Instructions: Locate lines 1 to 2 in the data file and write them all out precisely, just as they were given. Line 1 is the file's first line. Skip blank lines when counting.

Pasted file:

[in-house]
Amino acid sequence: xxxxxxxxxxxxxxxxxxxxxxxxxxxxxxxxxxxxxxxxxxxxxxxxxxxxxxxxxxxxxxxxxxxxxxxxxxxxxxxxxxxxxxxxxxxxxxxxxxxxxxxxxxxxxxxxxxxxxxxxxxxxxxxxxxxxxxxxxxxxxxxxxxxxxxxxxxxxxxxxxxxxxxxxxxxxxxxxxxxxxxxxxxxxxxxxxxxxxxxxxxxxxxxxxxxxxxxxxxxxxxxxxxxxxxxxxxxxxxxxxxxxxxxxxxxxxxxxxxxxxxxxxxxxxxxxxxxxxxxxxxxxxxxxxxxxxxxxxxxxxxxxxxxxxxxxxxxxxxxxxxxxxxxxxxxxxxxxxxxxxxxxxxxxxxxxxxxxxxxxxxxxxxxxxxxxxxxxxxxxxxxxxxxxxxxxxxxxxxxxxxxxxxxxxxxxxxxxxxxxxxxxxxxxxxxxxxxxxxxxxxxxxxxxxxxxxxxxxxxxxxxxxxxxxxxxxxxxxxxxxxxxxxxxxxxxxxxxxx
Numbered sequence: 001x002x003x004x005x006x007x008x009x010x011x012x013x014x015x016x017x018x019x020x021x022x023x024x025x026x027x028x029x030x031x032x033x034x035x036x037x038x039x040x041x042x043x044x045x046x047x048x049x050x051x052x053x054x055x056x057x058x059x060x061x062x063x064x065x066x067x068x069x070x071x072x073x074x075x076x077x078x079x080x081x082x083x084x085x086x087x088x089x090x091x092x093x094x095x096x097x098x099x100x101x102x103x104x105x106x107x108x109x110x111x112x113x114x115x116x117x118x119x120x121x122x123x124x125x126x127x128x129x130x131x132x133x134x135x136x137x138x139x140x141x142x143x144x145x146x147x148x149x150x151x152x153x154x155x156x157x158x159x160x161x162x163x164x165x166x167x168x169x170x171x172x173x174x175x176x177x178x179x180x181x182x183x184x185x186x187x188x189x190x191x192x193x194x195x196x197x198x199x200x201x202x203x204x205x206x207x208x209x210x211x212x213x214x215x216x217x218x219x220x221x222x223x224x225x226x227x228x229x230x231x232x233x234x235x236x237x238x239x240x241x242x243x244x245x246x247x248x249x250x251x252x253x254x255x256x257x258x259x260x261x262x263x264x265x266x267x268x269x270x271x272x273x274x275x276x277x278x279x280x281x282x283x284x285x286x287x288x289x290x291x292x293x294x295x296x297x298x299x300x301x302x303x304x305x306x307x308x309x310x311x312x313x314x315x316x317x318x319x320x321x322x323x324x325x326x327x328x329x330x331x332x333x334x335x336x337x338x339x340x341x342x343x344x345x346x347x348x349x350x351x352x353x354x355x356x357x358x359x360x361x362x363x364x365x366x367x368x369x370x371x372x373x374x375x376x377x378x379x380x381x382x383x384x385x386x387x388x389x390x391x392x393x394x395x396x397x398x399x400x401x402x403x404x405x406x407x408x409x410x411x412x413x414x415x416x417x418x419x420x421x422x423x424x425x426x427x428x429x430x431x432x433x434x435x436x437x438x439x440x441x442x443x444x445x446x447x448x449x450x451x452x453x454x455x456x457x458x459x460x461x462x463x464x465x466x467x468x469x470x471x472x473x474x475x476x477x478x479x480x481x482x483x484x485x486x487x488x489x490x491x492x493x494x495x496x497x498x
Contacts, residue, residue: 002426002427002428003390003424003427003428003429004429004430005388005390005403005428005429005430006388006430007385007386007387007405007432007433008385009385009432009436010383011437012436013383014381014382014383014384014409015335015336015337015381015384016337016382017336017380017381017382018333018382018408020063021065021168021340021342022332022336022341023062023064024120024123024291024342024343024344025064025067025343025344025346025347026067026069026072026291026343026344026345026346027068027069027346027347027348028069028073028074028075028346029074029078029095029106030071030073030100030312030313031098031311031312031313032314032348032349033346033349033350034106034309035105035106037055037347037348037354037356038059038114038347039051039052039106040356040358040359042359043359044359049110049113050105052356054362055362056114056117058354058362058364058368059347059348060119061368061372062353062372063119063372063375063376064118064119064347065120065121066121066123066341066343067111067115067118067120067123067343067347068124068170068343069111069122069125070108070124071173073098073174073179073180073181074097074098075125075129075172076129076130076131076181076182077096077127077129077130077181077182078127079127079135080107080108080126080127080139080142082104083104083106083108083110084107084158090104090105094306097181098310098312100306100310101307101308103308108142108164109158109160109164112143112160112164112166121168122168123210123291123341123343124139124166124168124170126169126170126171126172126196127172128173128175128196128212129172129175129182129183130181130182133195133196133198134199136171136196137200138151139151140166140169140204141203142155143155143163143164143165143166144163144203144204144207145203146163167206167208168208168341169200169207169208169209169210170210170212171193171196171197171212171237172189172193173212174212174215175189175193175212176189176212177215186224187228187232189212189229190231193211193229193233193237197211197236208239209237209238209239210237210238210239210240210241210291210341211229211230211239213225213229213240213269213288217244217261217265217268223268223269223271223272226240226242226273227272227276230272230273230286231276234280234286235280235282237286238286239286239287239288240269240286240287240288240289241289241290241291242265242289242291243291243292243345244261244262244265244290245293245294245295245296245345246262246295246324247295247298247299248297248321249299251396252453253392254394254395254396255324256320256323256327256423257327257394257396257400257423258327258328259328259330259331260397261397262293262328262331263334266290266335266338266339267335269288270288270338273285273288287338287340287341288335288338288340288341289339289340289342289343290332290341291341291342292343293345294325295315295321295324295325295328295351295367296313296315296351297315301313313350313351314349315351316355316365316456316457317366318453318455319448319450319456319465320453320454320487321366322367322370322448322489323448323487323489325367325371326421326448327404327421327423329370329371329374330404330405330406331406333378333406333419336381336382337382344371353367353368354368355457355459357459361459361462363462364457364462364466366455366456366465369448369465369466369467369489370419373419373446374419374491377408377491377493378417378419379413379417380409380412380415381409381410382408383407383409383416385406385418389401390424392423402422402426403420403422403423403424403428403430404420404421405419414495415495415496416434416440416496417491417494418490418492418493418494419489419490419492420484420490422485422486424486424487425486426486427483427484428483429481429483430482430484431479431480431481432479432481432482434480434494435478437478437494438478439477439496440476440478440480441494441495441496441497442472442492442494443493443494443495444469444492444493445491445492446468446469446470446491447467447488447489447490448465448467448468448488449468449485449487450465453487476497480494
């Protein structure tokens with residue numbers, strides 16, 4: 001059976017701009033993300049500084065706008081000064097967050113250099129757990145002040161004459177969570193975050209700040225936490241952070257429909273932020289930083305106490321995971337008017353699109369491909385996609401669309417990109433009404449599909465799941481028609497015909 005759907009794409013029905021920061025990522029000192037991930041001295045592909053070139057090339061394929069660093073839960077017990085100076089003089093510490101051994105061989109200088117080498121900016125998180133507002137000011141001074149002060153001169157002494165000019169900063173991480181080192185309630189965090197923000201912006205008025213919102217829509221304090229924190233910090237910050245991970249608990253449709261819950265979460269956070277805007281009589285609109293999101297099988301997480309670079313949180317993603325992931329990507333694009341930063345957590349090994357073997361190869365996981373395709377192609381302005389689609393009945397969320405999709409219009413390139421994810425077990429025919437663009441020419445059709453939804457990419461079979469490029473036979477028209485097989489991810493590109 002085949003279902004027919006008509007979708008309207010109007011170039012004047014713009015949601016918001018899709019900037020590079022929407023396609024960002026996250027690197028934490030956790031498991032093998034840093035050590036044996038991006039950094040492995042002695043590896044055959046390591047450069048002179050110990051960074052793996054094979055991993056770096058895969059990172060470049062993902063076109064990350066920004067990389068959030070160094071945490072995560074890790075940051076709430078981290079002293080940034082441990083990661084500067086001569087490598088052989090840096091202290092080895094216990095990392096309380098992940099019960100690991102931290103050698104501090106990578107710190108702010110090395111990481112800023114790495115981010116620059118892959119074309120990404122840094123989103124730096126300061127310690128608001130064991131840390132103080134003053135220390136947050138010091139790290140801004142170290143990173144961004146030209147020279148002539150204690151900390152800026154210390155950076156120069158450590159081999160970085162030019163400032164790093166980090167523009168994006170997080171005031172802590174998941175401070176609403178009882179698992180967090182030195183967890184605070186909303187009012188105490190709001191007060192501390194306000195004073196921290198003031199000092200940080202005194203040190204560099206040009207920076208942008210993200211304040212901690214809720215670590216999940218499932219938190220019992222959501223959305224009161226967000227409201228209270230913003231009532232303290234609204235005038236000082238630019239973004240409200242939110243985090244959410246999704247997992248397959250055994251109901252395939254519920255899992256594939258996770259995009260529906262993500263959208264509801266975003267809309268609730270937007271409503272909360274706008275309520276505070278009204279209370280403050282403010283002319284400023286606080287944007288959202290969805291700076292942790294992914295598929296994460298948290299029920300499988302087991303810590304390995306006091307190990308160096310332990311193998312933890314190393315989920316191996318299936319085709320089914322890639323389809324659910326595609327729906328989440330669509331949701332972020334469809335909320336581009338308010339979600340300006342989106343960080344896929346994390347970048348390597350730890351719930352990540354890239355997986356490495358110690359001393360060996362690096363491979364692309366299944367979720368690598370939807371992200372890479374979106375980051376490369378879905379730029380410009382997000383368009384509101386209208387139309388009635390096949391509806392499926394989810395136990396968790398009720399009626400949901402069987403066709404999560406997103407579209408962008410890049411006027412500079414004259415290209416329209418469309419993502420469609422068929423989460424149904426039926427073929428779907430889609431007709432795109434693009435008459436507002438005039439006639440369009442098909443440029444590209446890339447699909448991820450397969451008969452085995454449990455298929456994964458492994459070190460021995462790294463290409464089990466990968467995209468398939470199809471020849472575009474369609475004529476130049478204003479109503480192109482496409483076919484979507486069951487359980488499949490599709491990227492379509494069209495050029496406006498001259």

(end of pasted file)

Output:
[in-house]
Amino acid sequence: xxxxxxxxxxxxxxxxxxxxxxxxxxxxxxxxxxxxxxxxxxxxxxxxxxxxxxxxxxxxxxxxxxxxxxxxxxxxxxxxxxxxxxxxxxxxxxxxxxxxxxxxxxxxxxxxxxxxxxxxxxxxxxxxxxxxxxxxxxxxxxxxxxxxxxxxxxxxxxxxxxxxxxxxxxxxxxxxxxxxxxxxxxxxxxxxxxxxxxxxxxxxxxxxxxxxxxxxxxxxxxxxxxxxxxxxxxxxxxxxxxxxxxxxxxxxxxxxxxxxxxxxxxxxxxxxxxxxxxxxxxxxxxxxxxxxxxxxxxxxxxxxxxxxxxxxxxxxxxxxxxxxxxxxxxxxxxxxxxxxxxxxxxxxxxxxxxxxxxxxxxxxxxxxxxxxxxxxxxxxxxxxxxxxxxxxxxxxxxxxxxxxxxxxxxxxxxxxxxxxxxxxxxxxxxxxxxxxxxxxxxxxxxxxxxxxxxxxxxxxxxxxxxxxxxxxxxxxxxxxxxxxxxxxxxxxxxxxxx